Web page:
Reviewing the 1898 Sanborn map of Indianapolis, we learn the Richters’ neighborhood likely was not a quiet one. 1111 Beecher was a one-and-a-half-story brick dwelling with a one-story frame addition at the rear. It was set toward the back of its lot, leaving a yard between it and the street, and a small frame building, perhaps a shed, also was placed at the rear. The home abutted the tracks of the Indianapolis Belt Railroad. A flagman at Shelby Street would have helped warn passersby and control traffic at the intersection, as the railroad overpass over Shelby Street that exists today had not yet been constructed.
Next door, at 1113 Beecher, was a larger brick home. In 1900, this was the home of blacksmith Charles Zahl and his family. The map noted that 1865 Shelby Street, a brick building across the street from the homes of the Zahl and Richter families, housed a blacksmith; this could have been Charles’s business. Just to the west of 1111 Beecher, facing Shelby Street, were two two-story wood frame buildings, one housing a drugstore. A brick bake shop and oven were located at the rear of the other building; perhaps this was where son Henry (Harry) was employed as a clerk in 1900. The broader neighborhood included a coal yard, multiple wagon works, several woodworking facilities (one of which may have employed son Lawrence, who in 1900 was a laborer at a veneer works), a florist with a greenhouse, and a factory that manufactured playing cards. The map also showed the neighborhood was platted but not yet fully developed, with wood frame dwellings placed among empty lots in the surrounding blocks.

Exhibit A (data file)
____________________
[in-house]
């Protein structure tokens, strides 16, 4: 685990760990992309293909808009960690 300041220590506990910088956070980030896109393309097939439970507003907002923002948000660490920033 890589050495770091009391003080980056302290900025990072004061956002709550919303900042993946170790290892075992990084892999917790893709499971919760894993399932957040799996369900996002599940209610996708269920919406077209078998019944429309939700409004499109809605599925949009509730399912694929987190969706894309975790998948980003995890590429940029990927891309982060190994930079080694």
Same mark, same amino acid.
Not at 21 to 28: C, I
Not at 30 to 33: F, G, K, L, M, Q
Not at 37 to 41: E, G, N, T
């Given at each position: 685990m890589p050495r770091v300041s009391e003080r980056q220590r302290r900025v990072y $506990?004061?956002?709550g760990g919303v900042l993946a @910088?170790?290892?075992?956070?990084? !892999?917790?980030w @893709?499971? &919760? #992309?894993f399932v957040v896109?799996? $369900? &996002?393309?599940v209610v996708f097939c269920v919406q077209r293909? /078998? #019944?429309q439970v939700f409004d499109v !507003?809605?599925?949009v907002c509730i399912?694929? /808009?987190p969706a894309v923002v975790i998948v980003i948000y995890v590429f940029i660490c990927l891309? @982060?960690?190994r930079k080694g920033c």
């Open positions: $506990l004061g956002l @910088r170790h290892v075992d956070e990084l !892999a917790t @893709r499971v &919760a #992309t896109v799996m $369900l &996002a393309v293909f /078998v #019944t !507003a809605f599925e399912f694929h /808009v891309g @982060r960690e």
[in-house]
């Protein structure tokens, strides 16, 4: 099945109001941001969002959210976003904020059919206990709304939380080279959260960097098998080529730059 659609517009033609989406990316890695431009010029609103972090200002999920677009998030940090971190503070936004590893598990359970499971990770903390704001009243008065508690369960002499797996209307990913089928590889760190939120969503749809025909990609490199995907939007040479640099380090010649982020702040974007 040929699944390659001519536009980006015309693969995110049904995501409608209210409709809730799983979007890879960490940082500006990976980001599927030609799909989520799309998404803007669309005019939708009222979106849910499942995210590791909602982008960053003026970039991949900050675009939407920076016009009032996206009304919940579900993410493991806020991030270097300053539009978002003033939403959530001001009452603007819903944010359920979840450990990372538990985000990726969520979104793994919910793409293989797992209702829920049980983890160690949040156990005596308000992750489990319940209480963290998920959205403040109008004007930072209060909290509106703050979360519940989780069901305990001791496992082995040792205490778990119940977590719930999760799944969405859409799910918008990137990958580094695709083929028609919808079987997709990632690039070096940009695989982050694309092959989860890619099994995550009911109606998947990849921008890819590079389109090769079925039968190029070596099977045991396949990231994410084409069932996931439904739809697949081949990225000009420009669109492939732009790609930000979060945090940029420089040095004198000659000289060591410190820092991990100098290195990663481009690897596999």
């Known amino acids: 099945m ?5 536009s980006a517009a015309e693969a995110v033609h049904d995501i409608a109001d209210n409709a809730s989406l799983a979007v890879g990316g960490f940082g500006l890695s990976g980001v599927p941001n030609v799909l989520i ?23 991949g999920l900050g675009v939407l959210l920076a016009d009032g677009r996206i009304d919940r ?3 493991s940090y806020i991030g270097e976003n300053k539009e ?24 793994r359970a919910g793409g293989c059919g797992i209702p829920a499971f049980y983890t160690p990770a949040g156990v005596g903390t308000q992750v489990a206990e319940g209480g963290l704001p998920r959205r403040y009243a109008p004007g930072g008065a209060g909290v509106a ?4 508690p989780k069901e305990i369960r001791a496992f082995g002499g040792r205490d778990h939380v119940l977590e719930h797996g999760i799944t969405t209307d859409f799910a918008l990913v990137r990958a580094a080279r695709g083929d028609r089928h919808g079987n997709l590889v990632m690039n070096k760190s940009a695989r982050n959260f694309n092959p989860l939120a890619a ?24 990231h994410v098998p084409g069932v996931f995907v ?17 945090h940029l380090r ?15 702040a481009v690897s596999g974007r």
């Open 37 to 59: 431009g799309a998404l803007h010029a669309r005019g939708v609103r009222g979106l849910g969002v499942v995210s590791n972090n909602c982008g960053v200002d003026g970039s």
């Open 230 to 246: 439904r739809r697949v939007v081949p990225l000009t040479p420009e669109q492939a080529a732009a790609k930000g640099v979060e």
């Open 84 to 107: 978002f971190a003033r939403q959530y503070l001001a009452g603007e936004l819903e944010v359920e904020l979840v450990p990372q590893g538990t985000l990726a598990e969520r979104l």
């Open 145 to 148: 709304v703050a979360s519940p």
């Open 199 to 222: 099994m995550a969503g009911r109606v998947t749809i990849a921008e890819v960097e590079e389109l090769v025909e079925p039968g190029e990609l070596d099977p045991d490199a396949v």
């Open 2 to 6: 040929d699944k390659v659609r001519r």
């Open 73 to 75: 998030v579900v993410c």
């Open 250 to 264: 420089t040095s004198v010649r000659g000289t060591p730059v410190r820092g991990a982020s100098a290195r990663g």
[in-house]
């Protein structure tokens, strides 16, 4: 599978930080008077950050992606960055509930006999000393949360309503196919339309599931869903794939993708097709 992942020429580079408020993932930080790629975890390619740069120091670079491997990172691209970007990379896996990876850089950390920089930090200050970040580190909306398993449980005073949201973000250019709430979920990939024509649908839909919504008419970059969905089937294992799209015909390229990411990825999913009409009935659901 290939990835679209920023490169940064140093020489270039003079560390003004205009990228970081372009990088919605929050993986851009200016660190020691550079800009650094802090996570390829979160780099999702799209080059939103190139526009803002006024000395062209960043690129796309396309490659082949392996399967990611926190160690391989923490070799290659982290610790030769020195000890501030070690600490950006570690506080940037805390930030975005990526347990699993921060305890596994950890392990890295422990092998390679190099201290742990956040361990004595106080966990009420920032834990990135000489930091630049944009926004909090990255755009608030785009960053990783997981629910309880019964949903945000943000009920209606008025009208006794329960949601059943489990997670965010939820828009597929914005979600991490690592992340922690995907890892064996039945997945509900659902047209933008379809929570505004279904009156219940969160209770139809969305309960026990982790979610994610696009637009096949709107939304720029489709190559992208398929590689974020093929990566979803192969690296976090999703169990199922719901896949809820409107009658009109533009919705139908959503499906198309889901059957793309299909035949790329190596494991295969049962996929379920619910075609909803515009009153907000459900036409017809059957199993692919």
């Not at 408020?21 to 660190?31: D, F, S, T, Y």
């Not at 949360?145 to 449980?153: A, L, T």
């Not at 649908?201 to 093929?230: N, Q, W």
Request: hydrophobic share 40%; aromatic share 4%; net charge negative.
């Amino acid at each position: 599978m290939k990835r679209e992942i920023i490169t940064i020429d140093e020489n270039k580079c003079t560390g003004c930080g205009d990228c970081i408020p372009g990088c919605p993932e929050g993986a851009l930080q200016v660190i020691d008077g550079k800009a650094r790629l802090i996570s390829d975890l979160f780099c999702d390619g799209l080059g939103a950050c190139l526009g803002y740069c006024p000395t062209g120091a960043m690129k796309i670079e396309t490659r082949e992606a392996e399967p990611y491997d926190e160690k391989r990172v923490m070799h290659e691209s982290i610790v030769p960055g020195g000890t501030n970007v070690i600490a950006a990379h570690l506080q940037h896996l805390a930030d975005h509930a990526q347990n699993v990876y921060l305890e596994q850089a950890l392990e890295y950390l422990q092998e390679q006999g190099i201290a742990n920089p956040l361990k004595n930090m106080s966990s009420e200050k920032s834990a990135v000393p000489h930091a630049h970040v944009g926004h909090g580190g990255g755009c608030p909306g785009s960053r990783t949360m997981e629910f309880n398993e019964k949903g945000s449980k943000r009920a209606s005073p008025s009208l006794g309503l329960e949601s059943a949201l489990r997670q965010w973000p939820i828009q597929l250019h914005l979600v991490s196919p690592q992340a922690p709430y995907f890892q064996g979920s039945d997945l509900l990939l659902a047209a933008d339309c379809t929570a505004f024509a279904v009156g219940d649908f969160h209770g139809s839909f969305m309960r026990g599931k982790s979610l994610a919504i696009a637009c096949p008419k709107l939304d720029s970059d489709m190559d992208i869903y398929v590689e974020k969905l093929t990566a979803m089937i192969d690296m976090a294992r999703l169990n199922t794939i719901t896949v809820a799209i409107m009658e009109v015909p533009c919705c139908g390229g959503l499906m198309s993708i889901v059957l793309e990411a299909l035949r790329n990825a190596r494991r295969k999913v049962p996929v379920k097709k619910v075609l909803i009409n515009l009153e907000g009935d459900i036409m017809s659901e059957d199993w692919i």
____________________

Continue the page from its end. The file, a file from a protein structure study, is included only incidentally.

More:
Within a few years after the 1900 census, Frederick and Wilhelmina moved to a home on Raymond Street. In 1902, they received approval to subdivide their Beecher Street property, perhaps to take advantage of the area’s growth. More than one hundred years after the Richters lived on Beecher Street, their name lives on: city property records still refer to the area as “Richters” subdivision.
As professional genealogists, we are skilled at thinking “outside-the-box” and researching every possible avenue to discover your family’s story. We’d love to help you learn more about your ancestors, and will leave no stone unturned in our quest to do so! Get started today by requesting your free quote.